A necessary rejection
Stop me if you've heard this before:
He began to teach them that the Son of Man
must suffer greatly and be rejected by the elders, the chief priests,
and the scribes, and be killed, and rise after three days.
What stuck out for me yesterday at Mass was the middle bit, "that the Son of Man must... be rejected by the elders, the chief priests, and the scribes."
That Jesus would be rejected by the elders, the chief priests, and the scribes, sure; that's telegraphed way back in Chapter 2. But He could have suffered greatly, and be killed, and rise after three days without being rejected by the elders, the chief priests, and the scribes. Why "must" they reject Him?
I don't know.
But I have a thought:
Man had never really understood the relationship between God and man. Adam and Eve gambled on becoming like gods; the builders at Babel thought they could literally reach heaven on their own; the Israelites felt they needed a golden calf, and wearied the LORD with their grumbling, and much later thought a king would be just the thing. By Jesus' day, the LORD's people had the Law wrapped so tightly with legalisms, the simple observations that loving God with all your heart, soul, mind and strength was the greatest commandment was taken as a sign of great wisdom.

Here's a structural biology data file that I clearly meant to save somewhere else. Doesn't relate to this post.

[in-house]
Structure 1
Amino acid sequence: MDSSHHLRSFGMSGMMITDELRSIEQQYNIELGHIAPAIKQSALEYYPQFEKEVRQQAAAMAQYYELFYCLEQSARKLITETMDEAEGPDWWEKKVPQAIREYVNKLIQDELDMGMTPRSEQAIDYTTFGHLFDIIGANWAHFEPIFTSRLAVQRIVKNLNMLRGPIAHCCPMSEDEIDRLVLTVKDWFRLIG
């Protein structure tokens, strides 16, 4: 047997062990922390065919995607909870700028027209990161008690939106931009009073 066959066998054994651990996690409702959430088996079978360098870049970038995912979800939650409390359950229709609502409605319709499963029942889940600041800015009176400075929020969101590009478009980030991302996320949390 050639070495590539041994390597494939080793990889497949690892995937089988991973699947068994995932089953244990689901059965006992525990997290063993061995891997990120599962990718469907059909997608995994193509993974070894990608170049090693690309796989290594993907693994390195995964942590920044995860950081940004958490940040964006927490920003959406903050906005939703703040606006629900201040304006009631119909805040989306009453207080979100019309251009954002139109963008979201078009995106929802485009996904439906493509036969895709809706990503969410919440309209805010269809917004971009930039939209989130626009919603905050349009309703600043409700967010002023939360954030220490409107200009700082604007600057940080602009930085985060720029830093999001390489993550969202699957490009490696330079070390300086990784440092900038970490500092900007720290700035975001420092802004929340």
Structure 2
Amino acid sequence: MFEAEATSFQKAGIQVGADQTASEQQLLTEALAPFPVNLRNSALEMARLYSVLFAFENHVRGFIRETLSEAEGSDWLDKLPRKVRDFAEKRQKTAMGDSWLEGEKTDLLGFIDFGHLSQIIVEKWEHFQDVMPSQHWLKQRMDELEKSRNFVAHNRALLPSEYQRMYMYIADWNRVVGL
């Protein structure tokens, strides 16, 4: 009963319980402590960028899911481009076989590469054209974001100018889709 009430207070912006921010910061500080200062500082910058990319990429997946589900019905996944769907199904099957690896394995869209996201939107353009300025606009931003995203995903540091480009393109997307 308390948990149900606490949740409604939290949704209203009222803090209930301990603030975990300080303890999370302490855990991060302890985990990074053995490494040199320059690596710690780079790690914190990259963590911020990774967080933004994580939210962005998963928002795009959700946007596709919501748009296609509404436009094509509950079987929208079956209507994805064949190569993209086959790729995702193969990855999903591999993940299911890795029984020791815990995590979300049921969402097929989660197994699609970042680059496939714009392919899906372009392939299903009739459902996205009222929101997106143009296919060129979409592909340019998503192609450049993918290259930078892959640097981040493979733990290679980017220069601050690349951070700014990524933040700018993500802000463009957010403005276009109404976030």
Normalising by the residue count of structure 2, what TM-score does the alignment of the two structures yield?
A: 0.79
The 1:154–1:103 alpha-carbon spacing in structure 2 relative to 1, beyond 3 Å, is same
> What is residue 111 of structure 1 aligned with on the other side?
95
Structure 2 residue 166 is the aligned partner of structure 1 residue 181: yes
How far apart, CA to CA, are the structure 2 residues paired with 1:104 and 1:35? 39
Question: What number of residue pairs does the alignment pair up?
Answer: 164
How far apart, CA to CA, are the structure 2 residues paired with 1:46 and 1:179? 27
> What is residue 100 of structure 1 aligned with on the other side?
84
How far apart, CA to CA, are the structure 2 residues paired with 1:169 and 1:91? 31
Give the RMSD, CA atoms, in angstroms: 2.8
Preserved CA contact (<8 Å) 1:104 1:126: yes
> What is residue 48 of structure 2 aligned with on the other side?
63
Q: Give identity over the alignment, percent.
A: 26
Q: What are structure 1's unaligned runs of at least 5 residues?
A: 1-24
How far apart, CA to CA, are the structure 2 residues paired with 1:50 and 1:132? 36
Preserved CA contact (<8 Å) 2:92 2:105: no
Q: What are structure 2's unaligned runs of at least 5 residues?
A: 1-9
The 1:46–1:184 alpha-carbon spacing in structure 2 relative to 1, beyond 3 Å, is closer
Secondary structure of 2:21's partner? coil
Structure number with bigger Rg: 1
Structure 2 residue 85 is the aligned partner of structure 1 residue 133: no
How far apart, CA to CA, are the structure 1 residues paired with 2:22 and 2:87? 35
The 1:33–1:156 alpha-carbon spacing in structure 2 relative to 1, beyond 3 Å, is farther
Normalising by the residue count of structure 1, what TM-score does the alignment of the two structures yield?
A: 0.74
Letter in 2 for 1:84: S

And so, although Jesus' death and resurrection were the fulfillment of the Scriptures, maybe it could be said that He "must" fulfill them in a way men -- even, perhaps especially, those men to whom the Scriptures were entrusted -- did not anticipate and would not, on their own, accept. His obedience to the Father was perfect reparation for Adam's disobedience, and maybe that perfect obedience needed to be chosen in direct opposition to the chronic human choice to prescribe who God is and proscribe what He does.